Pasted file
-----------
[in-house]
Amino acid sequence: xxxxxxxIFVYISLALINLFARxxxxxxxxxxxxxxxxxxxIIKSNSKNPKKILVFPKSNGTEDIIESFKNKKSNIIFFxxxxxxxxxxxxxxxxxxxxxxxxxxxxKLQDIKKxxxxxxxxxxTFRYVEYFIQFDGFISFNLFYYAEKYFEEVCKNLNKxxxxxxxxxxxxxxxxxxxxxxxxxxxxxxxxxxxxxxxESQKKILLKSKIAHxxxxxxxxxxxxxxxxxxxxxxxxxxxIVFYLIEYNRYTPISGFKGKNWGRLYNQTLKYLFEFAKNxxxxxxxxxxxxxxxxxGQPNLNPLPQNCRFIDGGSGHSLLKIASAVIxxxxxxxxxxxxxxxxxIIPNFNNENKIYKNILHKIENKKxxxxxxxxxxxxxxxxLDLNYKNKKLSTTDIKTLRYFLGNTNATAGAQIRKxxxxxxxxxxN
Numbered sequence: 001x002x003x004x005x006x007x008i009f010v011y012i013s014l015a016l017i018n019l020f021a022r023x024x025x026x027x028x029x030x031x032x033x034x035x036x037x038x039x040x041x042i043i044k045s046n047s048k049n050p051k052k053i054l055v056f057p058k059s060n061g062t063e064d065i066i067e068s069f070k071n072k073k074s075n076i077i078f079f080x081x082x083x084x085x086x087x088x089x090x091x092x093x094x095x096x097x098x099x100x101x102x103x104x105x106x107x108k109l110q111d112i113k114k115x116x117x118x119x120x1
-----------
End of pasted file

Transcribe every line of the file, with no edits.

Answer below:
[in-house]
Amino acid sequence: xxxxxxxIFVYISLALINLFARxxxxxxxxxxxxxxxxxxxIIKSNSKNPKKILVFPKSNGTEDIIESFKNKKSNIIFFxxxxxxxxxxxxxxxxxxxxxxxxxxxxKLQDIKKxxxxxxxxxxTFRYVEYFIQFDGFISFNLFYYAEKYFEEVCKNLNKxxxxxxxxxxxxxxxxxxxxxxxxxxxxxxxxxxxxxxxESQKKILLKSKIAHxxxxxxxxxxxxxxxxxxxxxxxxxxxIVFYLIEYNRYTPISGFKGKNWGRLYNQTLKYLFEFAKNxxxxxxxxxxxxxxxxxGQPNLNPLPQNCRFIDGGSGHSLLKIASAVIxxxxxxxxxxxxxxxxxIIPNFNNENKIYKNILHKIENKKxxxxxxxxxxxxxxxxLDLNYKNKKLSTTDIKTLRYFLGNTNATAGAQIRKxxxxxxxxxxN
Numbered sequence: 001x002x003x004x005x006x007x008i009f010v011y012i013s014l015a016l017i018n019l020f021a022r023x024x025x026x027x028x029x030x031x032x033x034x035x036x037x038x039x040x041x042i043i044k045s046n047s048k049n050p051k052k053i054l055v056f057p058k059s060n061g062t063e064d065i066i067e068s069f070k071n072k073k074s075n076i077i078f079f080x081x082x083x084x085x086x087x088x089x090x091x092x093x094x095x096x097x098x099x100x101x102x103x104x105x106x107x108k109l110q111d112i113k114k115x116x117x118x119x120x1